We all know what bad habits are. Smocking, eating unhealthy foods, or living a sedentary lifestyle are just some of the things that are drummed into us as behaviors we ought to avoid to increase our overall well-being. If we know bad habits are so detrimental to our health, why do we continue to do them?

The first is the need to feel comfortable and doing whatever it takes to reach this state. Every action you take has a purpose behind it, even if you’re not consciously aware of what this is and the most common hidden purpose is comfort. This is why we continue to indulge in bad habits and find it hard to stop; it feels comfortable and we essentially get to exist in our ‘safe zone’. In other words, you get attracted to the reward despite knowing its bad for you.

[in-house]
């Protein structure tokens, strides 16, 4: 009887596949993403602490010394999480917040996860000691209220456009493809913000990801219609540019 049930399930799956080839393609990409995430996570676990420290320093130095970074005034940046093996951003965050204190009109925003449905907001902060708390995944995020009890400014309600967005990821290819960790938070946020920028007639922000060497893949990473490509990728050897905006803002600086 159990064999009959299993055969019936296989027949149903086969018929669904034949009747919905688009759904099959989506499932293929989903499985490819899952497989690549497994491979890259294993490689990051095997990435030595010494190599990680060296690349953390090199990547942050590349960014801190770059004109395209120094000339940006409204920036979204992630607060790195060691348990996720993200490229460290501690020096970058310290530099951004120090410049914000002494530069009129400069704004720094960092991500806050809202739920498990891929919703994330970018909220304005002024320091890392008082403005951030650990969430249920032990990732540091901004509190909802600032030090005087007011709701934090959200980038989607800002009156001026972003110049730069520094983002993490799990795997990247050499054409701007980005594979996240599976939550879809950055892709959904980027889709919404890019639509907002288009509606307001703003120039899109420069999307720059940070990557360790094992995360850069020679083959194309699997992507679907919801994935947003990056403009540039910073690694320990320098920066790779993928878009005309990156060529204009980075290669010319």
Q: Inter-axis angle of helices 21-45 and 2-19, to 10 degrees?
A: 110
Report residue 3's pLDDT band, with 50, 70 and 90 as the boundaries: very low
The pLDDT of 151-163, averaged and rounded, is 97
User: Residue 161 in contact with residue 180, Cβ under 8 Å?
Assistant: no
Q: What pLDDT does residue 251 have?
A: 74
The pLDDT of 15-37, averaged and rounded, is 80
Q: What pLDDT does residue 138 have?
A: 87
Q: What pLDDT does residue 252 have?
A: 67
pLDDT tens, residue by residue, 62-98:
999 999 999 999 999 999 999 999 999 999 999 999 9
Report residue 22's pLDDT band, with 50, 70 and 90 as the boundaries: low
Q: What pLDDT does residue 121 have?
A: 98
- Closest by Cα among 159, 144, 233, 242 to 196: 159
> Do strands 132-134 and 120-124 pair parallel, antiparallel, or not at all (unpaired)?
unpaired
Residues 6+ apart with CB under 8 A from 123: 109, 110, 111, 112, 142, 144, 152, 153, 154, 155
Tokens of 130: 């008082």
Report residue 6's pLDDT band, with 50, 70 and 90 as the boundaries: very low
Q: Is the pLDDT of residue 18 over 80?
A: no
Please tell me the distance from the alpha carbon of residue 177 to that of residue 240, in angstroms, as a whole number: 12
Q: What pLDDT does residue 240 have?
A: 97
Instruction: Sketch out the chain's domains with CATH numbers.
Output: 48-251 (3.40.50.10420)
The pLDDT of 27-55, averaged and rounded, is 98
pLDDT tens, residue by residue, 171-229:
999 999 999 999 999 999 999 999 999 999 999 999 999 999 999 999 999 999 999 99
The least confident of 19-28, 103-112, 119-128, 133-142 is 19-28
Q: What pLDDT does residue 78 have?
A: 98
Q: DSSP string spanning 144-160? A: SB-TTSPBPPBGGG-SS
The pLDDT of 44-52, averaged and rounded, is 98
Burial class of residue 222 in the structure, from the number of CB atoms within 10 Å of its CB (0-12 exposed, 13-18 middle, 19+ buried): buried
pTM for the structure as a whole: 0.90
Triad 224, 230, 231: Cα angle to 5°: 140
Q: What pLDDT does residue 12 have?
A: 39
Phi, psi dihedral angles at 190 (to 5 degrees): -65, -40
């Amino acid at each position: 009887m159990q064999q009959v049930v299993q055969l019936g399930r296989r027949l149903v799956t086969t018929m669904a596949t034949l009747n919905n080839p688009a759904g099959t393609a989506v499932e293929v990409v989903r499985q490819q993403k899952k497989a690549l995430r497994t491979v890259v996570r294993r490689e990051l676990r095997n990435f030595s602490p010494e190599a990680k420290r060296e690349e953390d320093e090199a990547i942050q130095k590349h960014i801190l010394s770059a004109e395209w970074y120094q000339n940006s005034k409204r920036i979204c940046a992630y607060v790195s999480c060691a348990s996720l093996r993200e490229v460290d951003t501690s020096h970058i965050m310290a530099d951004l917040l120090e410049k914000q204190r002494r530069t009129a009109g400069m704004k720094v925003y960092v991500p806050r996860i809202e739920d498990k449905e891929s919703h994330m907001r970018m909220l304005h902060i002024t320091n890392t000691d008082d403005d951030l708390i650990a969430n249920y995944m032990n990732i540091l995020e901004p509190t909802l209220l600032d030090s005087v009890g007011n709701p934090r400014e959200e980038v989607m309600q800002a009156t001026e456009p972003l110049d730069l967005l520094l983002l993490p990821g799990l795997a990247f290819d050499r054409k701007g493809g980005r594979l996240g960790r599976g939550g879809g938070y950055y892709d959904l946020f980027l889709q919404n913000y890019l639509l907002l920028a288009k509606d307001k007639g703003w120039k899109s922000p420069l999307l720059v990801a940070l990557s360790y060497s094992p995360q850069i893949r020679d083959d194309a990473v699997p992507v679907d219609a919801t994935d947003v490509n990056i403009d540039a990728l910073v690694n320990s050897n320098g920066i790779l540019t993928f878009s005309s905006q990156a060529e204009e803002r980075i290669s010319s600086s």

Sipping that alcohol causes your brain to associate that habit with freedom and relaxation. So drinking or going overboard with junk foods may be associated with letting yourself go and having a good time after a hard week. The thought of exercising and making some kind of effort is overridden in the brains by the ‘easier’ thought of sitting on the couch and watching your favorite TV program. So you can see how easily the habit is connected with reward.

We also tend to rationalize our bad behaviors if society as a whole finds it acceptable. Trying to validate our bad behaviors to those of others backs up our decisions whether good or bad. However, there are consequences of continuing bad habits, and most become long term consequences to endure. Being mindful of the decisions we make today can keep our wellbeing topped up and constant while investing in our future lives.